Three Helpful Tips to Increase Your Technology Security
Written by Guest Blogger Amir Sheybani, Amishey Tech Services LLC.
Most American seniors are now online. As of 2018, nearly 66% of Americans over 65 were Internet users, according to a Pew Research Center survey, and that number is only growing larger. The Internet is a great way to read the latest news, stay in touch with family, get medical information, manage appointments, renew prescriptions, etc. It’s how many of us shop and bank without leaving our homes. Like all powerful tools, the Internet and mobile technologies come with some risks. The good news is that these risks can be mitigated by keeping in mind some fundamental security tips. Today we will discuss three of the most important ones.
- Don’t respond to or click on pop-up windows on your phone or computer: Screen pop-ups are another way to scam older adults. A common pop-up ploy is scareware. This is a malware (“malicious software”) scam technique that uses pop-up security alerts and other tricks to frighten you into downloading or paying for fake software disguised as real cybersecurity protection. How does scareware work? An “urgent” pop-up window appears on your computer or phone, telling you that your device is compromised and needs repairing. When you call the support number for help, the scammer may either ask for remote access to your computer or request a fee to fix it.
Another malware technique is to use deceptive “Close” or “X” buttons, which automatically install a virus when you click on them. If you’ve unknowingly downloaded scareware onto your device, delete the downloaded file immediately. It’s also a good idea to install genuine antivirus software that can remove any harmful remnants of the malware.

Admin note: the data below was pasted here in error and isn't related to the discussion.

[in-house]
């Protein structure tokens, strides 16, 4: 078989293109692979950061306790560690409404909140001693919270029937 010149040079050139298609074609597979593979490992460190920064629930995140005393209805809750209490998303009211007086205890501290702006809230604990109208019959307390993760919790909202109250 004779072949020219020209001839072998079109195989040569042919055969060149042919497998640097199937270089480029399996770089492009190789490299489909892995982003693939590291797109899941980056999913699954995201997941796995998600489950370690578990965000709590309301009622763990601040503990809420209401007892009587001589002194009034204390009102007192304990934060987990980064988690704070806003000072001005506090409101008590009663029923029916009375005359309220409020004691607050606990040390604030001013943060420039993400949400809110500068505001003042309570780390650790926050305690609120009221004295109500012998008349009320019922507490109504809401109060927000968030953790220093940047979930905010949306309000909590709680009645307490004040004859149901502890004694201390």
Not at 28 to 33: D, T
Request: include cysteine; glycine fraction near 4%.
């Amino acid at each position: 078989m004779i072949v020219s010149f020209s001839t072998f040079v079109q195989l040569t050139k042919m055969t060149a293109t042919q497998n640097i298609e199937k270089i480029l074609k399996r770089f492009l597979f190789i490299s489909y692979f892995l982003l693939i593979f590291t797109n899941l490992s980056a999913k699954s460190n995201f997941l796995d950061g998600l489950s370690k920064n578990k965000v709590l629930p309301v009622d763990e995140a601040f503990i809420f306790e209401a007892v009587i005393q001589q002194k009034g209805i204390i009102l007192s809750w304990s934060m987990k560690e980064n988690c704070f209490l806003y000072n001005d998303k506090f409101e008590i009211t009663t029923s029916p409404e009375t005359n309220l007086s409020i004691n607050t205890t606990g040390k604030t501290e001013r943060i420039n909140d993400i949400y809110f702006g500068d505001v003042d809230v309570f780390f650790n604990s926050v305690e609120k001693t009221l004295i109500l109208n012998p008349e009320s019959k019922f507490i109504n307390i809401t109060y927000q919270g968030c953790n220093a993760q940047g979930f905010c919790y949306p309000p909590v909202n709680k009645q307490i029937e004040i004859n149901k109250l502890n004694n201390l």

- Don’t click on links in email or on social media: Be sure to always avoid clicking on hyperlinks (or clickable links) from banks, credit card companies, government agencies, or other organizations, unless you’re 100% certain they are legitimate. There is a common scam, called phishing, where someone sends you a link to what looks like a legitimate website, but it’s actually a scam site created by criminals to steal your login or other personal information. Even if the company name is part of the Web address, it could still be a scam. Your safest bet is to type in the Web address like you normally do and if in doubt, call the organization.
- Ignore unsolicited phone calls and “robocalls.”: Treat any unsolicited phone calls with skepticism. Voice phishing scams use sophisticated phone technology and are a common way for scammers to defraud seniors. What is voice phishing? When you answer the phone, a live person or recorded voice gives you false information that sounds important and time-sensitive. They may claim to be a young relative in trouble or say that your car’s warranty is expiring, and payment is required. Or, the caller may claim to be from “tech support” and tell you, falsely, that your computer is infected with a virus and you need to get it repaired. They may then request remote access to your device—or require you to pay a fee. You may be asked to provide personal information, which could be used later to steal your money or your identity. The person on the other end of the phone may try to pressure you—or even use threats.
Keep in mind that government entities, such as the IRS, will never call you asking for sensitive information. And technology companies won’t call you out of the blue to offer you technical support or assistance. Avoid giving money to someone over the phone, especially wire transfers, gift cards, and fines or bail. The best thing to do, as soon as you hear that recorded voice start, is to say nothing and just hang up.
Internet safety for adults is important, but it doesn’t have to be stressful. Awareness is a powerful first step in protecting yourself. There are, however, times when some professional help may be advisable. If you feel that some guidance from an IT professional is what you need to keep you and your technology secure, Amishey Tech Services LLC is here to assist. Amishey is a mobile, comprehensive technology service company that will come to you for all your technology needs, both personal and professional. You can visit our website at www.amisheytechservices.com to learn more about us and our services, and you can contact us by phone at 443-943-4440 or by email at firstname.lastname@example.org to schedule a complimentary, in-home consultation.